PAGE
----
- Paper Report
- Open Access
CF-like lung disease associated with CFTR splicing variant
- Christina Haston1
© Biomed Central Ltd 2001
- Received: 5 December 2000
- Accepted: 18 September 2001
- Published: 18 September 2001
- Cystic fibrosis, gene splicing, lung disease
It is known that cystic fibrosis (CF) is caused by mutations in the gene CFTR. The level of CFTR protein normally required in each tissue necessarily affects the influence of CFTR mutations on that tissue (sweat glands, lung, pancreas, intestine, vas deferens). A functionally low level of CFTR protein may also arise due to alternative splicing of the CFTR transcript, and this has usually been seen in combination with CFTR mutations. One well characterised splice site in CFTR is in intron 8 (IVS8). The 9T allele of this intron results in the most efficient splicing, and the 5T and 7T variants result in a lower than normal level of full-length CFTR mRNA and presumably a decrease in mature, functional CFTR protein. The aim of this study was to investigate the CFTR genotype and CF characteristics of two patients with a history of idiopathic lung disease.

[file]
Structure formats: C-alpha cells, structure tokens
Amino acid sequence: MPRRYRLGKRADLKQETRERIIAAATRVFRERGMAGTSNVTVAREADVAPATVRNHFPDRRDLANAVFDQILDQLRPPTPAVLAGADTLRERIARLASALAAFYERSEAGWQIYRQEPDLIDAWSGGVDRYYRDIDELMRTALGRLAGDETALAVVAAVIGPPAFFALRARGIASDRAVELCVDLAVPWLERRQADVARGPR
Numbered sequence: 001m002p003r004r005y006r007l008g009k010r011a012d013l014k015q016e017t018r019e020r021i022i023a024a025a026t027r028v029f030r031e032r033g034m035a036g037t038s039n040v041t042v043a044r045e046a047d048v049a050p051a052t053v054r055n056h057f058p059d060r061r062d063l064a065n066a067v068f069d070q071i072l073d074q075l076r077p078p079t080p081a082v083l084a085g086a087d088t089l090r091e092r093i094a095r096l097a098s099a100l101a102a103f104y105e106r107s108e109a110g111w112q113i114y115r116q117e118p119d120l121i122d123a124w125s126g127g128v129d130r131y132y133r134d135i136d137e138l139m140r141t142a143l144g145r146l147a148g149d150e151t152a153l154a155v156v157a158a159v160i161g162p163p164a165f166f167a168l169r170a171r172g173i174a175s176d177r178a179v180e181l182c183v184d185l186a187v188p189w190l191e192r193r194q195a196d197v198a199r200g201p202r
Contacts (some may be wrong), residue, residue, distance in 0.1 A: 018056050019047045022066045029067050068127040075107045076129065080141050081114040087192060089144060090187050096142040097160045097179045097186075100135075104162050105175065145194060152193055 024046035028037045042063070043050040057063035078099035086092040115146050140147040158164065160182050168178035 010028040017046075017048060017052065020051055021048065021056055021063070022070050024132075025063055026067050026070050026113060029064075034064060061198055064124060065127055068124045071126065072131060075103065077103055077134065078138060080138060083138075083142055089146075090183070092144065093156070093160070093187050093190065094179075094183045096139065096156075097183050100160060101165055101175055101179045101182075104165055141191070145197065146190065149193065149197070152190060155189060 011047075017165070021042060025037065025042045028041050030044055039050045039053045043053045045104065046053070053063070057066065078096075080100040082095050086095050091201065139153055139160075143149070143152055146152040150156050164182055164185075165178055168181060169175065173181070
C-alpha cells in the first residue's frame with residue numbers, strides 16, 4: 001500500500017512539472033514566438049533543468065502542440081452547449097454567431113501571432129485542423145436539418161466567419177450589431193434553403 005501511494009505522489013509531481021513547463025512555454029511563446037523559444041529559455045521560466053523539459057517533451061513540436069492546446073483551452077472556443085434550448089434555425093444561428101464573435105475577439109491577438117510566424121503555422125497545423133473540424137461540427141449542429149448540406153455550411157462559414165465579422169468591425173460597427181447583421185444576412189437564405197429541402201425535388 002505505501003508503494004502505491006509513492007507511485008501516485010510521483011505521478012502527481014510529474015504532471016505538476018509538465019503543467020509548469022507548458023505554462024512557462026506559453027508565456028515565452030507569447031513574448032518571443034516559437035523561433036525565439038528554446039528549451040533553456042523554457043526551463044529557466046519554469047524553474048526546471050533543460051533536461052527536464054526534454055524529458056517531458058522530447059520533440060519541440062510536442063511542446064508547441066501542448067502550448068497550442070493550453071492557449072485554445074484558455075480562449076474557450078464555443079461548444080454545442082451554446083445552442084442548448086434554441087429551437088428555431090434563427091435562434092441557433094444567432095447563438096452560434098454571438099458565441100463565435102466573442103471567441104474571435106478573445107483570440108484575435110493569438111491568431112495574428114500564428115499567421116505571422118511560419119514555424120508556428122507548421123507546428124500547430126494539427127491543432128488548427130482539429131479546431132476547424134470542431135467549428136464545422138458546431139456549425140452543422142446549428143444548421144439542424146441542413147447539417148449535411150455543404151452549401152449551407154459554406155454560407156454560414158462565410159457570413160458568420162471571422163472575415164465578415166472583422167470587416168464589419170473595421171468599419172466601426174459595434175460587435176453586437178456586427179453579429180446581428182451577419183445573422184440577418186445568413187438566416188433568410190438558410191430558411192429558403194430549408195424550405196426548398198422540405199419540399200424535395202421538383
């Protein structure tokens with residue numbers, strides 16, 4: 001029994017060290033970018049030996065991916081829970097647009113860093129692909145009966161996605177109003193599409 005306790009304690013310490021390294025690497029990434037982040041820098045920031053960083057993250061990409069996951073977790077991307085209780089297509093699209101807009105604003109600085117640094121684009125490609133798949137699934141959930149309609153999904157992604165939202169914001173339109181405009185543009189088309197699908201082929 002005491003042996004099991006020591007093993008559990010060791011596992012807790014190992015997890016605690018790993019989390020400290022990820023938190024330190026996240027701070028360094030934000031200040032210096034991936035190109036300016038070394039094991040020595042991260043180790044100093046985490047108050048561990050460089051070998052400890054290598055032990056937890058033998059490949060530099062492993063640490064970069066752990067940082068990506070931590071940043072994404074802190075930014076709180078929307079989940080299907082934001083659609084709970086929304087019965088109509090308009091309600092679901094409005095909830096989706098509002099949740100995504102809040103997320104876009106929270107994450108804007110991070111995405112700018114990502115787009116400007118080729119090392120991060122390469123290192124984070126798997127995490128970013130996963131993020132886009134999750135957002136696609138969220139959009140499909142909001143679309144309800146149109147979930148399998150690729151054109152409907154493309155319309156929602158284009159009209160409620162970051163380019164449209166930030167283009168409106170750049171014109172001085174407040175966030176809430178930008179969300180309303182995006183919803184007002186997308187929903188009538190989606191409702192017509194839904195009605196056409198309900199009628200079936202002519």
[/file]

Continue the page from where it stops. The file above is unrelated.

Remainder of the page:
Two female patients presented with a history of lung disease. Full sequencing of the CFTR gene revealed one patient to be 5T/5T and the other to be ?F508/5T. The authors concluded: variations in the IVS8 polythymidine tract alone, with the added influence of the TG12 repeat sequence and the M470V polymorphism, are associated with defective CFTR function in sweat glands and airway epithelia, and late onset lung disease resembling that seen in CF.
Sweat testing, DNA sequencing, RT-PCR